Affordable Care Act

5 Challenges Still Facing Obamacare

Jun 26, 2015

In its first five years, the Affordable Care Act has survived technical meltdowns, a presidential election, two Supreme Court challenges — including one resolved Thursday — and dozens of repeal efforts in Congress. But its long-term future still isn't ensured.

Here are five of the biggest hurdles that remain.

Medicaid Expansion

Ryan E. Poppe

A Supreme Court decision that upholds portions of the Affordable Care Act has over 800 thousand Texans breathing a sigh of relief.   But the ruling also has conservative groups crying foul, stating that the Court has reinterpreted its role in government.

Updated at 1 p.m. ET

The U.S. Supreme Court on Thursday handed the Obama administration a major victory on health care, ruling 6-3 that nationwide subsidies called for in the Affordable Care Act are legal.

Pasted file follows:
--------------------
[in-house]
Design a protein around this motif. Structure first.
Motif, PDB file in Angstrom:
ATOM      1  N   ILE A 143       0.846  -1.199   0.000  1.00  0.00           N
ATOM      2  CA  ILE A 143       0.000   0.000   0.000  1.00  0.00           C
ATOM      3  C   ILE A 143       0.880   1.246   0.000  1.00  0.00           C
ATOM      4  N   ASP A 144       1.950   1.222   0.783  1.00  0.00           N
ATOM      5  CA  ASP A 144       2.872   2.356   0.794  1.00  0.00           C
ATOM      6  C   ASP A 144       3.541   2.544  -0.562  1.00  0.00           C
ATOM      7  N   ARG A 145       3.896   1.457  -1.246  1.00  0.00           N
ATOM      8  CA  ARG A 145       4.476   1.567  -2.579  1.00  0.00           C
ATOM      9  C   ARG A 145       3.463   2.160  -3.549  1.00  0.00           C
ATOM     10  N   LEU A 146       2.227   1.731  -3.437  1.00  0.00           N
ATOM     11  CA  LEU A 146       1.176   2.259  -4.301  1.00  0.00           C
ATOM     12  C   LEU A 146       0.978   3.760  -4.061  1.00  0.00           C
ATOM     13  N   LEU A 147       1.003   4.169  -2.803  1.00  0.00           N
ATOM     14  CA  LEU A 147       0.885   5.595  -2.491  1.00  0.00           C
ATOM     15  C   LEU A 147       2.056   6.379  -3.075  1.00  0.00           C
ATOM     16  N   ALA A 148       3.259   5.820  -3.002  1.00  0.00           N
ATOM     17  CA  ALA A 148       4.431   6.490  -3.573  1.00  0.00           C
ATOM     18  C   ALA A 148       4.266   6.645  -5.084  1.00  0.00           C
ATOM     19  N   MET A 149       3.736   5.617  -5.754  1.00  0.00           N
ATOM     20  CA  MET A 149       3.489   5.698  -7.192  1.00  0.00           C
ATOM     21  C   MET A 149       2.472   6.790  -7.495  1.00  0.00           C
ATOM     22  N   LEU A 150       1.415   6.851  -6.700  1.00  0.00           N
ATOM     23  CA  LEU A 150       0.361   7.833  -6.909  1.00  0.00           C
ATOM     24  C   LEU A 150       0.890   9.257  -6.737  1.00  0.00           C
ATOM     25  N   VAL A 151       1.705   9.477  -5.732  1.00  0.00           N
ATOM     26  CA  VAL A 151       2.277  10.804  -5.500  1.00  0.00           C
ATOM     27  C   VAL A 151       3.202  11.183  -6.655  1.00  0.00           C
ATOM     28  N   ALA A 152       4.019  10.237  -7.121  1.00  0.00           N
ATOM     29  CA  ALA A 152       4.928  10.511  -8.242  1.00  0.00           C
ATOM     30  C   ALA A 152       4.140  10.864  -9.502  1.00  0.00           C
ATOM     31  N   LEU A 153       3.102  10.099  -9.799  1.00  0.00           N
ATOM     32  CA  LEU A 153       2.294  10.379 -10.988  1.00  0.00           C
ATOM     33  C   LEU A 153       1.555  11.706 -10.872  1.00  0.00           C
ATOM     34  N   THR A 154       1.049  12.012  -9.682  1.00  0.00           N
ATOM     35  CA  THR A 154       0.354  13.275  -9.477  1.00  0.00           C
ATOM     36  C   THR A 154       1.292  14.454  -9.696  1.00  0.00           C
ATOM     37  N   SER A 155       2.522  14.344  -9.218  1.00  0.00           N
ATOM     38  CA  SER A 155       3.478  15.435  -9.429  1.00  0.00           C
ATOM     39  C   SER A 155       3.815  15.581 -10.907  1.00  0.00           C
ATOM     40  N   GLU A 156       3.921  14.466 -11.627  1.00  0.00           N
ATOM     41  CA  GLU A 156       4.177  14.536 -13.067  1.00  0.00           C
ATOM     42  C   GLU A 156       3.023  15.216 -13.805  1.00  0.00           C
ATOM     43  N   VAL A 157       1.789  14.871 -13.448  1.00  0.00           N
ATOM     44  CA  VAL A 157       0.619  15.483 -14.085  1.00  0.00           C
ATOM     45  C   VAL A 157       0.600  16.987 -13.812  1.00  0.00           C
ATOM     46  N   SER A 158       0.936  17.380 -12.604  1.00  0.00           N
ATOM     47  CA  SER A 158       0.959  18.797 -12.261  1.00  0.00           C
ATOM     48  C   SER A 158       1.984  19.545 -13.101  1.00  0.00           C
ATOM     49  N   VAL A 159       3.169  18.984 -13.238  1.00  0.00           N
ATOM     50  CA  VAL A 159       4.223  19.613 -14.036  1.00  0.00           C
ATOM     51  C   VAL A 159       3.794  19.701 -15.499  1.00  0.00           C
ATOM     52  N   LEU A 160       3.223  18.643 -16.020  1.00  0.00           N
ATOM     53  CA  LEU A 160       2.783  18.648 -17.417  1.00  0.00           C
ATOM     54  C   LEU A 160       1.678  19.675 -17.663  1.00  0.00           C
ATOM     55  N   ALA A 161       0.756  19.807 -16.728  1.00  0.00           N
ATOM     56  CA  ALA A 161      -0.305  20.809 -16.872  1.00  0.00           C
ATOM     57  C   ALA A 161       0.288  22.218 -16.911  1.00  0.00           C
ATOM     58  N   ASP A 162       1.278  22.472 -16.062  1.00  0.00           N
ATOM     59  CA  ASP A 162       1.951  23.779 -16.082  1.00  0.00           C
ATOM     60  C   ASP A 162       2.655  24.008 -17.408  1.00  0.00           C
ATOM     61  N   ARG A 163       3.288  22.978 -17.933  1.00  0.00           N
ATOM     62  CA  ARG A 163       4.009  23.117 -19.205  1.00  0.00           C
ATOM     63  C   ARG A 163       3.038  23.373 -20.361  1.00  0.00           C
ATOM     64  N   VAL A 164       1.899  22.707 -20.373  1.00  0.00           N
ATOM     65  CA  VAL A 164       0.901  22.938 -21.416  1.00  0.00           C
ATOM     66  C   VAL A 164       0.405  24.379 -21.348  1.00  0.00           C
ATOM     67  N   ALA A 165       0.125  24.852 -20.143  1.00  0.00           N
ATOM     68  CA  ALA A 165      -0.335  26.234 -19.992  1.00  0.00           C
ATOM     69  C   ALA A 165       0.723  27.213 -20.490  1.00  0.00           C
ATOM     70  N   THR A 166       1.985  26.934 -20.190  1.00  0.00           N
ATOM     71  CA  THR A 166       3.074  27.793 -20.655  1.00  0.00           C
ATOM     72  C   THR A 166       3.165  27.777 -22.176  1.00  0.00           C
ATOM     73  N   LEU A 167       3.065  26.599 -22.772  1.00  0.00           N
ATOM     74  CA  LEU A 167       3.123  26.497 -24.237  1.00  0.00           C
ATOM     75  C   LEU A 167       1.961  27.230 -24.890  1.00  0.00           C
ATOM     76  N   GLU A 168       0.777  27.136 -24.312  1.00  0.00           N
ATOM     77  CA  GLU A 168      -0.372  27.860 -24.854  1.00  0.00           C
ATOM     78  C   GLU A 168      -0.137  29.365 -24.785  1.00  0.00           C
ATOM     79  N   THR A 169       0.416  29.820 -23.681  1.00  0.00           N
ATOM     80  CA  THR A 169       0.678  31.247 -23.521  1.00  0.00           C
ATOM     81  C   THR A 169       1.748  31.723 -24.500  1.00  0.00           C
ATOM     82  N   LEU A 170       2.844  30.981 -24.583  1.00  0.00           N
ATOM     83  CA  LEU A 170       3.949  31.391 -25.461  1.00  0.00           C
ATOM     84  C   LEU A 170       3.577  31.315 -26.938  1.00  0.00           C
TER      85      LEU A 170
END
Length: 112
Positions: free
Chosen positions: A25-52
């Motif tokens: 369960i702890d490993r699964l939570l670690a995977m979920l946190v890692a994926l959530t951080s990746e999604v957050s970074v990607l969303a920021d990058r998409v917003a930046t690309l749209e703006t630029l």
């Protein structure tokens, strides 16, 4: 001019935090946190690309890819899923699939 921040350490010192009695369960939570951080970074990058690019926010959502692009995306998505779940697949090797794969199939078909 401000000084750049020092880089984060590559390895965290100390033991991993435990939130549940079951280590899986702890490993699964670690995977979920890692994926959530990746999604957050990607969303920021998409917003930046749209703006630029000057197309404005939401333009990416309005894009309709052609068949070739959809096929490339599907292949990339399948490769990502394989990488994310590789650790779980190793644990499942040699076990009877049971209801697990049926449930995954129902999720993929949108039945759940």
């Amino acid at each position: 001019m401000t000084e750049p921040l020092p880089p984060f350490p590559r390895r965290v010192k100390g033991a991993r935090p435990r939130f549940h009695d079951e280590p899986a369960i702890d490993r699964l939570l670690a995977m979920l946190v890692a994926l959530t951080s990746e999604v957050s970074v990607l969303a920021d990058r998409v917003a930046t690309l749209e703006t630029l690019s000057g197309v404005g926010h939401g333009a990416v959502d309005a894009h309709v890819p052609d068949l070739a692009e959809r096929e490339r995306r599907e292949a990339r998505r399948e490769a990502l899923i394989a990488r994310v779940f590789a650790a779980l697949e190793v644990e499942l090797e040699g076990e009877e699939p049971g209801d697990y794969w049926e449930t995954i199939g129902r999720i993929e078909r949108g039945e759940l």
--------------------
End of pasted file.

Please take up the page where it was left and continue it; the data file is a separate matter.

"Congress passed the Affordable Care Act to improve health insurance markets, not to destroy them," the court's majority said in the opinion, which was written by Chief Justice John Roberts. But they acknowledged that "petitioners' arguments about the plain meaning ... are strong."

A U.S. Supreme Court ruling expected as early as Monday morning  could result in hundreds of thousands of Texans losing their health insurance. 

The reason is the King v. Burwell case Justices on the court are poised to decide. 

Plaintiffs in the case have argued that subsidies which help lower-income people pay for insurance premiums under the Affordable Care Act should only be available in states that operate their own insurance markets. 

Texas is among 34 states that chose to have its residents use the federal government’s exchange rather than set up its own.

Online health insurance marketplaces are central parts of the Affordable Care Act. And, the federally run exchange, is where 27-year-old Kathryn Ryan, a restaurant server in Philadelphia, turned for health coverage, as soon as the law took effect.

"I was excited because if it weren't for Obamacare, I wouldn't be insured at all," she says. "I wouldn't have the ability to go to the doctor."

She can afford health insurance thanks to a $200 a month subsidy that brings her premium down to $60 a month.